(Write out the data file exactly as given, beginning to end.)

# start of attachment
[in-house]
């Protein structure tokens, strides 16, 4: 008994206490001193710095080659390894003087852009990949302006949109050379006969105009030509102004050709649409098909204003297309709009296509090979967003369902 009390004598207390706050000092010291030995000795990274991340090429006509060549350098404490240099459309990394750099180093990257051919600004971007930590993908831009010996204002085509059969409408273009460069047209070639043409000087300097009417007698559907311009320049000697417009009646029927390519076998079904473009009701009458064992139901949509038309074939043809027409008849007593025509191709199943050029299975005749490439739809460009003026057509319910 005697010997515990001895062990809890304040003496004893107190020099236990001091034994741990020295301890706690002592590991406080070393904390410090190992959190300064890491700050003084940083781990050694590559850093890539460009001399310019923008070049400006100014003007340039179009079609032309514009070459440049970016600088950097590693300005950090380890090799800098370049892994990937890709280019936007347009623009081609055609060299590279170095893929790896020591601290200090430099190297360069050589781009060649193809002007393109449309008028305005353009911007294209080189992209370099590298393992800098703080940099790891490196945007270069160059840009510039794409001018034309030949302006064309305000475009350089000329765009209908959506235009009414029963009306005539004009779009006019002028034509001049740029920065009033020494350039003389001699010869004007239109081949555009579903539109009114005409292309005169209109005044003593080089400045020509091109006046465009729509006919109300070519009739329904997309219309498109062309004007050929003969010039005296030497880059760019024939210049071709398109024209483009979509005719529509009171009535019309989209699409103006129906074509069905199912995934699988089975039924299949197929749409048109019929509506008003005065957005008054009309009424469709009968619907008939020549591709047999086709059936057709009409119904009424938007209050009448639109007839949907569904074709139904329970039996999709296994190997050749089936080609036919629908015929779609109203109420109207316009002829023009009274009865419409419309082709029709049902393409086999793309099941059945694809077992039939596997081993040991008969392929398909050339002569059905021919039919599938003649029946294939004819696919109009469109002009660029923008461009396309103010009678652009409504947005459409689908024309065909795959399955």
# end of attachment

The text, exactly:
[in-house]
């Protein structure tokens, strides 16, 4: 008994206490001193710095080659390894003087852009990949302006949109050379006969105009030509102004050709649409098909204003297309709009296509090979967003369902 009390004598207390706050000092010291030995000795990274991340090429006509060549350098404490240099459309990394750099180093990257051919600004971007930590993908831009010996204002085509059969409408273009460069047209070639043409000087300097009417007698559907311009320049000697417009009646029927390519076998079904473009009701009458064992139901949509038309074939043809027409008849007593025509191709199943050029299975005749490439739809460009003026057509319910 005697010997515990001895062990809890304040003496004893107190020099236990001091034994741990020295301890706690002592590991406080070393904390410090190992959190300064890491700050003084940083781990050694590559850093890539460009001399310019923008070049400006100014003007340039179009079609032309514009070459440049970016600088950097590693300005950090380890090799800098370049892994990937890709280019936007347009623009081609055609060299590279170095893929790896020591601290200090430099190297360069050589781009060649193809002007393109449309008028305005353009911007294209080189992209370099590298393992800098703080940099790891490196945007270069160059840009510039794409001018034309030949302006064309305000475009350089000329765009209908959506235009009414029963009306005539004009779009006019002028034509001049740029920065009033020494350039003389001699010869004007239109081949555009579903539109009114005409292309005169209109005044003593080089400045020509091109006046465009729509006919109300070519009739329904997309219309498109062309004007050929003969010039005296030497880059760019024939210049071709398109024209483009979509005719529509009171009535019309989209699409103006129906074509069905199912995934699988089975039924299949197929749409048109019929509506008003005065957005008054009309009424469709009968619907008939020549591709047999086709059936057709009409119904009424938007209050009448639109007839949907569904074709139904329970039996999709296994190997050749089936080609036919629908015929779609109203109420109207316009002829023009009274009865419409419309082709029709049902393409086999793309099941059945694809077992039939596997081993040991008969392929398909050339002569059905021919039919599938003649029946294939004819696919109009469109002009660029923008461009396309103010009678652009409504947005459409689908024309065909795959399955």